1. What do you think are the biggest issues facing Asheville's creative sector? What do you propose to do to address these issues?
Affordability is the top issue. Creatives are deeply impacted by the shortage of affordable housing, affordable studio space, and increasing cost of living in Asheville. We need to make affordable housing our biggest priority and focus on location-based planning, including along transit corridors and within walking distance to hubs like Downtown, RAD, and West Asheville. As the chair of the Affordable Housing Committee, I am working hard on these solutions. We are working on a partnership for affordable artist housing in the RAD on city owned land and I will continue to push this forward as a pilot for other opportunities.
Additionally, we need to foster win-win opportunities. Instead of barring buskers from selling CDs while busking, we need to find a path to allow those sales, which will delight tourists who want that souvenir and buskers who can earn more. Instead of closing art venues before peak crowds arrive on the weekends, extend those hours for the enjoyment of visitors and to enable sales for local artists. Additionally, we outsource many jobs (i.e. tourism advertising) that could be done by Asheville creatives. If we were to hire from our experienced local pool of talent, those high-wage contracts and jobs could instead benefit Asheville’s resident creative sector.
2. What role do you see the arts sector playing in our city or county?
The arts, from murals to poetry nights to live shows, contribute immensely to the culture and economic impact in our community. Creatives are what keeps Asheville unique and vibrant. In a broad sense, we’re doing well. Our creative sector incomes are trending upward. Our CVI - Creative Vitality Index - is 1.25, outpacing the national average of 1. That said, we need to continue developing and supporting the arts community in the ways we can’t see in the CVI, including growing affordable opportunities for housing and studio space.
3. Do you support the proposed renovations to Thomas Wolfe Auditorium? Why or why not?
I support the idea that we need to update the space to be safer to use, to attract more events, and to support our arts community. It is not clear if there was sufficient community input on design and priorities. The price tag was an unexpected shock. I see many ways the city needs 100M, including infrastructure, affordable housing, road resurfacing, sidewalks, transit planning, arts installations and planning, UDO overhaul, and moving to $15 per hour for employees of the city of Asheville. I do not support using all of the 10 year tourism tax funding (approx 70M) going to this effort. Part of the tax revenues could help cover a bond that funds the renovations.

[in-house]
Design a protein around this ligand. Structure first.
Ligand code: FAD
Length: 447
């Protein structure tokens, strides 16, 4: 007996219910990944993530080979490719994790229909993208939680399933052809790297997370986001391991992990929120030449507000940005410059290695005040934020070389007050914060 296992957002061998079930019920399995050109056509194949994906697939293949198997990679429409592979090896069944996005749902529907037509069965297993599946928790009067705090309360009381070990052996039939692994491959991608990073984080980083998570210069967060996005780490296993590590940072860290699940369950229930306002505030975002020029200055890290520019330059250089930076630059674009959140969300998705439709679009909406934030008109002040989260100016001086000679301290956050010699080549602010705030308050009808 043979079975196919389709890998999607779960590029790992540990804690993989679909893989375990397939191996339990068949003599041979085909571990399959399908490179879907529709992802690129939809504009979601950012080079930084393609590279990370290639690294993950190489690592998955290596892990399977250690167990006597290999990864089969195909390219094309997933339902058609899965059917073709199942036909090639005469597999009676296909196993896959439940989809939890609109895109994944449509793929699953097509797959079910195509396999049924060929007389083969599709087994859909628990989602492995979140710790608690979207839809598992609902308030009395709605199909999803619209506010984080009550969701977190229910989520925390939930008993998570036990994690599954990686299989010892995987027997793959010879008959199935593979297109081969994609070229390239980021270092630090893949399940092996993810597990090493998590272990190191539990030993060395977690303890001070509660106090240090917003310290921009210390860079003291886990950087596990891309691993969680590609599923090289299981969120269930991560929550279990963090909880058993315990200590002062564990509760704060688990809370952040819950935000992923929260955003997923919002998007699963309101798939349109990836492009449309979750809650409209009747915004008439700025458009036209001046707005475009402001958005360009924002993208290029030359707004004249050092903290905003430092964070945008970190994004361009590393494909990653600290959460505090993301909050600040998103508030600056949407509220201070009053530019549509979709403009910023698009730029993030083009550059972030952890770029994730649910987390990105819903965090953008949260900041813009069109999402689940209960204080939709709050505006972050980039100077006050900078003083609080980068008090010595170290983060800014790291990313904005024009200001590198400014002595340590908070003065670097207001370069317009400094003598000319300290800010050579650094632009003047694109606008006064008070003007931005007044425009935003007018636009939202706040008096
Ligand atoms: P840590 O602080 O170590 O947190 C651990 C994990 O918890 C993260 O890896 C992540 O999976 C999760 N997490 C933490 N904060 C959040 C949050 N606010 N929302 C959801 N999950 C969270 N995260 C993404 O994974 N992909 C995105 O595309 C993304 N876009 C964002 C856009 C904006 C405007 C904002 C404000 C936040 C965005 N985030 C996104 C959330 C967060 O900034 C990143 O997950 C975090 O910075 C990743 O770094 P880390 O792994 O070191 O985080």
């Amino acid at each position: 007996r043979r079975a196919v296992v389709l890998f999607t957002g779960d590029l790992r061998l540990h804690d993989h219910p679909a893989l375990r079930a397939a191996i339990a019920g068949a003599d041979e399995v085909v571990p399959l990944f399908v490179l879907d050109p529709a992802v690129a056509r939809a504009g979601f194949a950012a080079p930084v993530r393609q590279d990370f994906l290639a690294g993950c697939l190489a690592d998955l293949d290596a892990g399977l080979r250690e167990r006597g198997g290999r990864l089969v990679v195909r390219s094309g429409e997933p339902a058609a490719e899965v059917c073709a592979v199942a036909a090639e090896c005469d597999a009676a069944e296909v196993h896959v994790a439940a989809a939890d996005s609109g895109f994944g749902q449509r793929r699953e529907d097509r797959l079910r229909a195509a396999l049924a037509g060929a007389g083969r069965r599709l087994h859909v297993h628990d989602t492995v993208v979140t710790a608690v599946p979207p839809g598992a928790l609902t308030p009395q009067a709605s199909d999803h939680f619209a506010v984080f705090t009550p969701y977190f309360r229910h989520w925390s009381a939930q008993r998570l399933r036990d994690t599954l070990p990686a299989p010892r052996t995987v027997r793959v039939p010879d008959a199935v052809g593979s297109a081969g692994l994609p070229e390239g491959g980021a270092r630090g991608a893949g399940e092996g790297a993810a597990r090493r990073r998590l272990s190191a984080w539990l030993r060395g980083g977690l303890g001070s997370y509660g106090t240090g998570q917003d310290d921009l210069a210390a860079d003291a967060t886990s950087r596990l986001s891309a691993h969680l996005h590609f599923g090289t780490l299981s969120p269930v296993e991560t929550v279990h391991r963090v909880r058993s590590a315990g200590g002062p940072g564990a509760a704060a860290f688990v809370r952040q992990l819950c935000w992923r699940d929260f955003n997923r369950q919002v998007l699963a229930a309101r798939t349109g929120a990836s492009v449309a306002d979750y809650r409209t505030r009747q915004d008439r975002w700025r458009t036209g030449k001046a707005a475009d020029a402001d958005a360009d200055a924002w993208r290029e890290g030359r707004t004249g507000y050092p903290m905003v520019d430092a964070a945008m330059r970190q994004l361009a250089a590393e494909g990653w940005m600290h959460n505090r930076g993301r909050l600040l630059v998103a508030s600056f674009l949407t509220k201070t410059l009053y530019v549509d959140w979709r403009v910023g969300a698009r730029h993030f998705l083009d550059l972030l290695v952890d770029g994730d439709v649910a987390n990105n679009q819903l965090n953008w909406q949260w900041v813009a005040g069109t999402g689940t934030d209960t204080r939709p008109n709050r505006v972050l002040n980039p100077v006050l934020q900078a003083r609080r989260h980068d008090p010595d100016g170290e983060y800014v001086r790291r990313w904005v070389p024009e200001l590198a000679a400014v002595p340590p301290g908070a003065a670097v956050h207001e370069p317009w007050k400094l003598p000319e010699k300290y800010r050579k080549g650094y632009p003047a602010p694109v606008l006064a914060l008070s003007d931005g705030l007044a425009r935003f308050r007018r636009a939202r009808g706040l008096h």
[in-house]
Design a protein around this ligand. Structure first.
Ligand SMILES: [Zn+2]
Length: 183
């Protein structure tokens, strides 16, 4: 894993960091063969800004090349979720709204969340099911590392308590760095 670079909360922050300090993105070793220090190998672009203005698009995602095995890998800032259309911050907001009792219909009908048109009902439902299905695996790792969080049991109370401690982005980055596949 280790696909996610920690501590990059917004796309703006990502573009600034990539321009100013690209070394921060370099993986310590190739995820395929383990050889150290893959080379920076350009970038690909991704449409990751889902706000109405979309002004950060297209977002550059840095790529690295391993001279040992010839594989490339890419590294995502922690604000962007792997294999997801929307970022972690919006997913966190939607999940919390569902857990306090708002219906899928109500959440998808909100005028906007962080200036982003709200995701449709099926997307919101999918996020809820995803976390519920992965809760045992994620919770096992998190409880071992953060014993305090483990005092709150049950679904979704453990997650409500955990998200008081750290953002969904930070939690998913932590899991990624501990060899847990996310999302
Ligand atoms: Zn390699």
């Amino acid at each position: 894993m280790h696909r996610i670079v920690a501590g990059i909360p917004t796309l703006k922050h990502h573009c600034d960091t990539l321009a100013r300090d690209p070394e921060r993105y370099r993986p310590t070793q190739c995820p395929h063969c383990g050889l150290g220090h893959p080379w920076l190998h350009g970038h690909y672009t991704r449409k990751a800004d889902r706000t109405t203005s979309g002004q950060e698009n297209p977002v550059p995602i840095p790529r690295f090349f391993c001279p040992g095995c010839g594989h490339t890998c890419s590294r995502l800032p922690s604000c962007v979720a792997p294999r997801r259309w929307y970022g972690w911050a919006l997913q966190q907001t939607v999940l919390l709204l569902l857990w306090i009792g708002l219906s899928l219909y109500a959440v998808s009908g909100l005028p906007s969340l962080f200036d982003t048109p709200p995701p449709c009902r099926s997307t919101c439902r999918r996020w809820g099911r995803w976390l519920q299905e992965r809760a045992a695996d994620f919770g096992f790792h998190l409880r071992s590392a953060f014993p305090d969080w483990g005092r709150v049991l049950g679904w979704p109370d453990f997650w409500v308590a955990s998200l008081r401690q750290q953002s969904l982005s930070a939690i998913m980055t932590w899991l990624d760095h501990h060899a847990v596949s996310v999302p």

I was encouraged by the first initiative being a philanthropic fundraising effort and we need to see how far those efforts get. The city has skilled and effective personnel in place to pull this off. Last years move to rebrand as Harrah’s produced millions in seed monies towards the Thomas Wolfe; they are not starting with zero.
4. The City of Asheville's Public Art Masterplan was created in 2001. Would you be supportive of a new city/county public art master plan? What would you like to see included in this plan?
I would. And I’m glad to see this rising up as a need. Many of our planning documents are aging out, including our UDO and Design Guidelines for Downtown and the Riverfront.
An updated Public Art Master Plan could promote and encourage place-based planning and identify how creatives and art can build on our existing culture, make locals feel at home, and attract visitors. Goals could include functional public art like crosswalks and street tweaks, traffic calming, musical installations, creative bus shelters, dancing crosswalks, and murals that share our community history.